Friday, July 08, 2011

Excavations of Philistine City of Gath Bolster Biblical Narrative

An international team of archaeologists is currently excavating the ruins at Tel-El-Safi, Israel of the Philistine city of Gath, the home according to the Bible of the Philistine warrior Goliath, who discomforted the tribes of Israel under King Saul, until he was slain by David.

Lo and behold, the discoveries to date are all consistent with the Biblical narrative. Gath flourished in the 10th and 9th centuries BCE, contemporaneously with era of Kings Saul, David and Solomon as described in the Bible. It appears to have been destroyed by the Aramean king Hazael around 830 BCE, an incident related in the Book of Kings. The archaeologists have even found shards bearing names similar to Goliath, names of Indo-European rather than Semitic origin, reflecting the roots of the Philistines in ancient Greece.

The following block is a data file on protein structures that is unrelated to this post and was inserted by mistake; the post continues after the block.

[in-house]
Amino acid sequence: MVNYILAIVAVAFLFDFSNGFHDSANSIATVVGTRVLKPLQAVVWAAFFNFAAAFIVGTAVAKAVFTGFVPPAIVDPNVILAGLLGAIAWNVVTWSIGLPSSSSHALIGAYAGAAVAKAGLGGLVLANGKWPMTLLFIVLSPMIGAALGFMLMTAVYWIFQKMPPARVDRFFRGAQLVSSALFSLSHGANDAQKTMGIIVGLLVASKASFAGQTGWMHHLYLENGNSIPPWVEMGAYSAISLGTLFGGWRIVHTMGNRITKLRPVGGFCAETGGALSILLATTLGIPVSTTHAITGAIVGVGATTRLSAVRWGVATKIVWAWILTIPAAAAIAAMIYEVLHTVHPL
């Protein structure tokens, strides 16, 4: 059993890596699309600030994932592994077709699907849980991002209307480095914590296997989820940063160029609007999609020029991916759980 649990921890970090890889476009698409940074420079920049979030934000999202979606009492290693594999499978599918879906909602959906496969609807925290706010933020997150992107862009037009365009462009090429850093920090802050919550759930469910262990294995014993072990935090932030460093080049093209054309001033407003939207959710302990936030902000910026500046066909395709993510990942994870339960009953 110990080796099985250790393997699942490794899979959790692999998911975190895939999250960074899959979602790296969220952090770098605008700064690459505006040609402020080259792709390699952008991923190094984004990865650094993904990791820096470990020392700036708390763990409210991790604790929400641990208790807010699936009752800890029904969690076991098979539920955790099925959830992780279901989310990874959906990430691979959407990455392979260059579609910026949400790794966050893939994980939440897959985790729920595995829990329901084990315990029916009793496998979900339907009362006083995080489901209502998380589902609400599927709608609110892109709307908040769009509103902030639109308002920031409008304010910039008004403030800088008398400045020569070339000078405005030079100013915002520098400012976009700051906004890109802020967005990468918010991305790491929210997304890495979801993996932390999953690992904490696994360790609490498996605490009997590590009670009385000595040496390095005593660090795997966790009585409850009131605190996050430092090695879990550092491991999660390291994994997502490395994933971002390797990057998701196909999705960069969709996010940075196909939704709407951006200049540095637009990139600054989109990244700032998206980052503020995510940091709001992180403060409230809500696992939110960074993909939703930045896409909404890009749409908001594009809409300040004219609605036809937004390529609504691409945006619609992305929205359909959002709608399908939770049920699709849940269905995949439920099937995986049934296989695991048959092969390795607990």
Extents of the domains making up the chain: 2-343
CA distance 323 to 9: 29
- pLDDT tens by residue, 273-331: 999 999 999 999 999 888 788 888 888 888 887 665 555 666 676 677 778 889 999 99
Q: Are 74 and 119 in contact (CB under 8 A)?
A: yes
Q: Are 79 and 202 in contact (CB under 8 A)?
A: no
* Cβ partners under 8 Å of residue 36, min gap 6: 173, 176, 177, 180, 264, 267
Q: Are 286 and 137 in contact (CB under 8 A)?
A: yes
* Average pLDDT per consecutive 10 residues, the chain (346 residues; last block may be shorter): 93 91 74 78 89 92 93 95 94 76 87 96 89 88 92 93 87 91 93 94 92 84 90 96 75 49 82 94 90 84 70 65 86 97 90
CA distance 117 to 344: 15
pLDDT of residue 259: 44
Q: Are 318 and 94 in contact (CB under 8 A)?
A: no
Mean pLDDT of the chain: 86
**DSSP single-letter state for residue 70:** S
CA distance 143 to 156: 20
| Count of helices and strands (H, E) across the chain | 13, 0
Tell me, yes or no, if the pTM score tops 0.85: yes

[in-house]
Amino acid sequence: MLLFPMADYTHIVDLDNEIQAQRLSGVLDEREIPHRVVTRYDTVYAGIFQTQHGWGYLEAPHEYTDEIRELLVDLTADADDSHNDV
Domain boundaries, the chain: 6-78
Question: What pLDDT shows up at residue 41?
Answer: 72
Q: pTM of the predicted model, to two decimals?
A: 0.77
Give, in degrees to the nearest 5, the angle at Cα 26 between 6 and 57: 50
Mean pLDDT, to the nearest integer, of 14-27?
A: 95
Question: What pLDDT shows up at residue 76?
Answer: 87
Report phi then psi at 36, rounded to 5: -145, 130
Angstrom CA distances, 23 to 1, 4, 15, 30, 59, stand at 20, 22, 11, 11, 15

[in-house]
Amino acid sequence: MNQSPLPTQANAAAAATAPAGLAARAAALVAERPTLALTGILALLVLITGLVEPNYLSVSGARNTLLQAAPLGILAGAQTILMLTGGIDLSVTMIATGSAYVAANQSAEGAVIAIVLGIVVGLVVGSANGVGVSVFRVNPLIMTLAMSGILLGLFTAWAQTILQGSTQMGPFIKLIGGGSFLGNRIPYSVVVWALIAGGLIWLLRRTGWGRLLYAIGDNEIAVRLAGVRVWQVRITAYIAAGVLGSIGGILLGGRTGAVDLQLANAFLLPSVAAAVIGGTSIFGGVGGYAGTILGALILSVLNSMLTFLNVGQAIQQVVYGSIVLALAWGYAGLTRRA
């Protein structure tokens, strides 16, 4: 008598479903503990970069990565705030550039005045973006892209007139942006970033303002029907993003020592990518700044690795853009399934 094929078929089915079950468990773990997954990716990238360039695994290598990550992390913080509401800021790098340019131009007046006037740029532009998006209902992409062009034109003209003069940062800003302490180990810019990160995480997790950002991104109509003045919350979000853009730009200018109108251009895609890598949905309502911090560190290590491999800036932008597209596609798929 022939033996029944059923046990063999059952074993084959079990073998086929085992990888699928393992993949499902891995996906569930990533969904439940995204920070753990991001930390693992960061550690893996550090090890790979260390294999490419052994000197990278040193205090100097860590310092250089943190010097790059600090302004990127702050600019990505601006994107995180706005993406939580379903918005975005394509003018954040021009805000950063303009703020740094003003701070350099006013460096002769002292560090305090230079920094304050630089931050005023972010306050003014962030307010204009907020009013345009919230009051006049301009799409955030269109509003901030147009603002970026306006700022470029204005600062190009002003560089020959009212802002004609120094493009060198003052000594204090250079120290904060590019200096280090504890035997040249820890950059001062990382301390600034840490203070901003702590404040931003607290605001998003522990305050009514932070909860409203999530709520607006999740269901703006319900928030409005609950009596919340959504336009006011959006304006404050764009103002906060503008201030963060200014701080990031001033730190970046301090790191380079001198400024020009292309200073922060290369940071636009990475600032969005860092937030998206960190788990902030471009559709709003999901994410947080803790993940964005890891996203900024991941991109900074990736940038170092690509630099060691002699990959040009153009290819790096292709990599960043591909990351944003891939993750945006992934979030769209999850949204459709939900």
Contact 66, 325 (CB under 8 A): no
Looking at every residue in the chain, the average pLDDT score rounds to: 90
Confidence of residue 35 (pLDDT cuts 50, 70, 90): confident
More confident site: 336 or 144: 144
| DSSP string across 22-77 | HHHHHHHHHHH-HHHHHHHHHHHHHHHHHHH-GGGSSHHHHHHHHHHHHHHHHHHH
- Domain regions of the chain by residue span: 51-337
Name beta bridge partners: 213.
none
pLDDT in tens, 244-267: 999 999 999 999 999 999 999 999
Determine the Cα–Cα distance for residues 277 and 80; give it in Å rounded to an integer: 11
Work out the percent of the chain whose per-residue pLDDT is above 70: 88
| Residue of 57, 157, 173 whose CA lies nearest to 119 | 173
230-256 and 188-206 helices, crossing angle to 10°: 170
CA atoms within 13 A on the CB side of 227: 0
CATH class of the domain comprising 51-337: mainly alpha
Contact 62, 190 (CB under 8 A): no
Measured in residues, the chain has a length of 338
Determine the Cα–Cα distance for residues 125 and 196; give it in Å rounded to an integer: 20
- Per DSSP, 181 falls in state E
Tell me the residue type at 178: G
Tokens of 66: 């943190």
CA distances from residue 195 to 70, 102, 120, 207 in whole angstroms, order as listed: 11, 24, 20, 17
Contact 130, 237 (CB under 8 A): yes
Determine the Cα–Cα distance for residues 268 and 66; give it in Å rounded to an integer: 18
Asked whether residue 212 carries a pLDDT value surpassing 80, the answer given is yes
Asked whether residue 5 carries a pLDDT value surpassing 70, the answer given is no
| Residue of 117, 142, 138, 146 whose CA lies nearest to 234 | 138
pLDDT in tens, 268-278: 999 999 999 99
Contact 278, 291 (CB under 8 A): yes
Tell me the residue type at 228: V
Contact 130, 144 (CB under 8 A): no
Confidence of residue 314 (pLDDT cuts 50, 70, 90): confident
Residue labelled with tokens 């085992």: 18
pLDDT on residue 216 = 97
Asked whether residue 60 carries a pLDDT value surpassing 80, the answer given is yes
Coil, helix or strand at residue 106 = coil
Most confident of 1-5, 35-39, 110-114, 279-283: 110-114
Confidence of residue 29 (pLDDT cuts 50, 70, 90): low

One of the most intriguing finds at Gath is a large structure, possibly a temple, Tel-El-Safi is a ruined temple, with two pillars. This find bolsters the historicity of another Biblical story featuring the Philistines. After his famous haircut by Delilah and his capture, blinding and imprisonment by the Philistines, the Hebrew Judge Samson is brought to the temple of the idol Dagon in Gaza, to be mocked by his captors. Samson prays to God for his strength to be returned one last time, and he topples the two support pillars of the temple, brining it down upon the heads of his tormentors. The design of the structure found at Gath and a similar Philistine structure discovered at Tel Qasile, north of Tel Aviv, are consistent with Biblical narrative.

An Associated Press story about the dig appears here. Of course, secularists and Palestinians hate this sort of story.


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